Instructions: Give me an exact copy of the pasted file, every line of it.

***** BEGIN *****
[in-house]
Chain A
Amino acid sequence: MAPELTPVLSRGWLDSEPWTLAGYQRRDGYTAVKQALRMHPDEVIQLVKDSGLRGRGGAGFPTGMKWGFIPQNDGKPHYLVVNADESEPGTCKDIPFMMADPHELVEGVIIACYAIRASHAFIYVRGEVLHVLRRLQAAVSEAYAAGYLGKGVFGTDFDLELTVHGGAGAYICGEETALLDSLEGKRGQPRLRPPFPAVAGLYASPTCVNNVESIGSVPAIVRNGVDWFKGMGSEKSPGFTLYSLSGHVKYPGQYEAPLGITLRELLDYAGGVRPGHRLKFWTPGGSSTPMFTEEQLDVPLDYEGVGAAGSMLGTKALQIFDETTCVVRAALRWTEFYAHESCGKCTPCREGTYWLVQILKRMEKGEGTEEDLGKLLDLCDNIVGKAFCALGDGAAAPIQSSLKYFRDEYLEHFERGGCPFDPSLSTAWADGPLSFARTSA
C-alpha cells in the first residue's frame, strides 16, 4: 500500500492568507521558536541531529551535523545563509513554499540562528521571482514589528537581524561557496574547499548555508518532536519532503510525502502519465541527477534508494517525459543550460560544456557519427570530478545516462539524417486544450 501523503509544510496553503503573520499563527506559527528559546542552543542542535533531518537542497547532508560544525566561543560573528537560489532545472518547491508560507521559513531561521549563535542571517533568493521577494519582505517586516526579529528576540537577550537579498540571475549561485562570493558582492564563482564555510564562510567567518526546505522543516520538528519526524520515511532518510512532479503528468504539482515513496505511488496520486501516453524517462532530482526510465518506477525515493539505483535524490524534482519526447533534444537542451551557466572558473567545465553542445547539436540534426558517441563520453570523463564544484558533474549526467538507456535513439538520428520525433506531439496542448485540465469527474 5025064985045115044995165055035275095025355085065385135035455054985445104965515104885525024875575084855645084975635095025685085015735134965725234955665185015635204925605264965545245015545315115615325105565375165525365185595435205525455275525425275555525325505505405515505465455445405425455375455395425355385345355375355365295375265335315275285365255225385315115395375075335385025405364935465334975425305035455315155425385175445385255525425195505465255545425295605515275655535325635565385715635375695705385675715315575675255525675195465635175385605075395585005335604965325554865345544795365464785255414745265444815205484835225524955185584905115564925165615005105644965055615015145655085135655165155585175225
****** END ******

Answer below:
[in-house]
Chain A
Amino acid sequence: MAPELTPVLSRGWLDSEPWTLAGYQRRDGYTAVKQALRMHPDEVIQLVKDSGLRGRGGAGFPTGMKWGFIPQNDGKPHYLVVNADESEPGTCKDIPFMMADPHELVEGVIIACYAIRASHAFIYVRGEVLHVLRRLQAAVSEAYAAGYLGKGVFGTDFDLELTVHGGAGAYICGEETALLDSLEGKRGQPRLRPPFPAVAGLYASPTCVNNVESIGSVPAIVRNGVDWFKGMGSEKSPGFTLYSLSGHVKYPGQYEAPLGITLRELLDYAGGVRPGHRLKFWTPGGSSTPMFTEEQLDVPLDYEGVGAAGSMLGTKALQIFDETTCVVRAALRWTEFYAHESCGKCTPCREGTYWLVQILKRMEKGEGTEEDLGKLLDLCDNIVGKAFCALGDGAAAPIQSSLKYFRDEYLEHFERGGCPFDPSLSTAWADGPLSFARTSA
C-alpha cells in the first residue's frame, strides 16, 4: 500500500492568507521558536541531529551535523545563509513554499540562528521571482514589528537581524561557496574547499548555508518532536519532503510525502502519465541527477534508494517525459543550460560544456557519427570530478545516462539524417486544450 501523503509544510496553503503573520499563527506559527528559546542552543542542535533531518537542497547532508560544525566561543560573528537560489532545472518547491508560507521559513531561521549563535542571517533568493521577494519582505517586516526579529528576540537577550537579498540571475549561485562570493558582492564563482564555510564562510567567518526546505522543516520538528519526524520515511532518510512532479503528468504539482515513496505511488496520486501516453524517462532530482526510465518506477525515493539505483535524490524534482519526447533534444537542451551557466572558473567545465553542445547539436540534426558517441563520453570523463564544484558533474549526467538507456535513439538520428520525433506531439496542448485540465469527474 5025064985045115044995165055035275095025355085065385135035455054985445104965515104885525024875575084855645084975635095025685085015735134965725234955665185015635204925605264965545245015545315115615325105565375165525365185595435205525455275525425275555525325505505405515505465455445405425455375455395425355385345355375355365295375265335315275285365255225385315115395375075335385025405364935465334975425305035455315155425385175445385255525425195505465255545425295605515275655535325635565385715635375695705385675715315575675255525675195465635175385605075395585005335604965325554865345544795365464785255414745265444815205484835225524955185584905115564925165615005105644965055615015145655085135655165155585175225